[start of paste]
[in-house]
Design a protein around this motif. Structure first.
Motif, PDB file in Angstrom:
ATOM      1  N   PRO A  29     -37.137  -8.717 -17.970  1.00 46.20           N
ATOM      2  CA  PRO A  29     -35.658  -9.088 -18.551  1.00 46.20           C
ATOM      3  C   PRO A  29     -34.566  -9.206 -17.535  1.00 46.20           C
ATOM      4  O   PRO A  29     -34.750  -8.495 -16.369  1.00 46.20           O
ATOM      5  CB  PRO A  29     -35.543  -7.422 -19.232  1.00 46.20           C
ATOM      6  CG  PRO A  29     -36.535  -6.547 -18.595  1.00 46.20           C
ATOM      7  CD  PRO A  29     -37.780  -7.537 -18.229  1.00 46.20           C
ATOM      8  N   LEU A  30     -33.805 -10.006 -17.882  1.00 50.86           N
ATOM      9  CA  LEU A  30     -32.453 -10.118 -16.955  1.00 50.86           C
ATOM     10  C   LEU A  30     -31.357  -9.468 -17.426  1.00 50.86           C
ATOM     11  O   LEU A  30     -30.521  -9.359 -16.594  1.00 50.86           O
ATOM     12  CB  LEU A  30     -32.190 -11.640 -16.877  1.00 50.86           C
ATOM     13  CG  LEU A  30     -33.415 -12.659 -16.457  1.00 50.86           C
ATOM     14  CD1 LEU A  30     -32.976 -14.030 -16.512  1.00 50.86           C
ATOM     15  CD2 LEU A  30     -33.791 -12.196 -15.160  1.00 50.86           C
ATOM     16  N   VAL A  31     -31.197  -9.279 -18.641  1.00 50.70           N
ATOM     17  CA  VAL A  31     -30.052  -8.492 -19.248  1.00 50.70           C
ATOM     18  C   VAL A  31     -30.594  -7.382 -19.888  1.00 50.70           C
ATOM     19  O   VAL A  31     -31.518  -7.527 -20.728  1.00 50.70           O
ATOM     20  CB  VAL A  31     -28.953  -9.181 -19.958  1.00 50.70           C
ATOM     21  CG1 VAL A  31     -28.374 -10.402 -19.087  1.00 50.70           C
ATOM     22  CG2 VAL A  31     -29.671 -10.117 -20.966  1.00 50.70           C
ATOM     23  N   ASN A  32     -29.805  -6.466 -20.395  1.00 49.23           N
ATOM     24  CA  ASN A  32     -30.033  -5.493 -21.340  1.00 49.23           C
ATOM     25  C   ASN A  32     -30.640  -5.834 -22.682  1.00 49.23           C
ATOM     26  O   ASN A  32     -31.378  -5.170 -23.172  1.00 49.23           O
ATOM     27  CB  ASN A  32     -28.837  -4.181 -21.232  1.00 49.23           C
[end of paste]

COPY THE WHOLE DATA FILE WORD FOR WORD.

[in-house]
Design a protein around this motif. Structure first.
Motif, PDB file in Angstrom:
ATOM      1  N   PRO A  29     -37.137  -8.717 -17.970  1.00 46.20           N
ATOM      2  CA  PRO A  29     -35.658  -9.088 -18.551  1.00 46.20           C
ATOM      3  C   PRO A  29     -34.566  -9.206 -17.535  1.00 46.20           C
ATOM      4  O   PRO A  29     -34.750  -8.495 -16.369  1.00 46.20           O
ATOM      5  CB  PRO A  29     -35.543  -7.422 -19.232  1.00 46.20           C
ATOM      6  CG  PRO A  29     -36.535  -6.547 -18.595  1.00 46.20           C
ATOM      7  CD  PRO A  29     -37.780  -7.537 -18.229  1.00 46.20           C
ATOM      8  N   LEU A  30     -33.805 -10.006 -17.882  1.00 50.86           N
ATOM      9  CA  LEU A  30     -32.453 -10.118 -16.955  1.00 50.86           C
ATOM     10  C   LEU A  30     -31.357  -9.468 -17.426  1.00 50.86           C
ATOM     11  O   LEU A  30     -30.521  -9.359 -16.594  1.00 50.86           O
ATOM     12  CB  LEU A  30     -32.190 -11.640 -16.877  1.00 50.86           C
ATOM     13  CG  LEU A  30     -33.415 -12.659 -16.457  1.00 50.86           C
ATOM     14  CD1 LEU A  30     -32.976 -14.030 -16.512  1.00 50.86           C
ATOM     15  CD2 LEU A  30     -33.791 -12.196 -15.160  1.00 50.86           C
ATOM     16  N   VAL A  31     -31.197  -9.279 -18.641  1.00 50.70           N
ATOM     17  CA  VAL A  31     -30.052  -8.492 -19.248  1.00 50.70           C
ATOM     18  C   VAL A  31     -30.594  -7.382 -19.888  1.00 50.70           C
ATOM     19  O   VAL A  31     -31.518  -7.527 -20.728  1.00 50.70           O
ATOM     20  CB  VAL A  31     -28.953  -9.181 -19.958  1.00 50.70           C
ATOM     21  CG1 VAL A  31     -28.374 -10.402 -19.087  1.00 50.70           C
ATOM     22  CG2 VAL A  31     -29.671 -10.117 -20.966  1.00 50.70           C
ATOM     23  N   ASN A  32     -29.805  -6.466 -20.395  1.00 49.23           N
ATOM     24  CA  ASN A  32     -30.033  -5.493 -21.340  1.00 49.23           C
ATOM     25  C   ASN A  32     -30.640  -5.834 -22.682  1.00 49.23           C
ATOM     26  O   ASN A  32     -31.378  -5.170 -23.172  1.00 49.23           O
ATOM     27  CB  ASN A  32     -28.837  -4.181 -21.232  1.00 49.23           C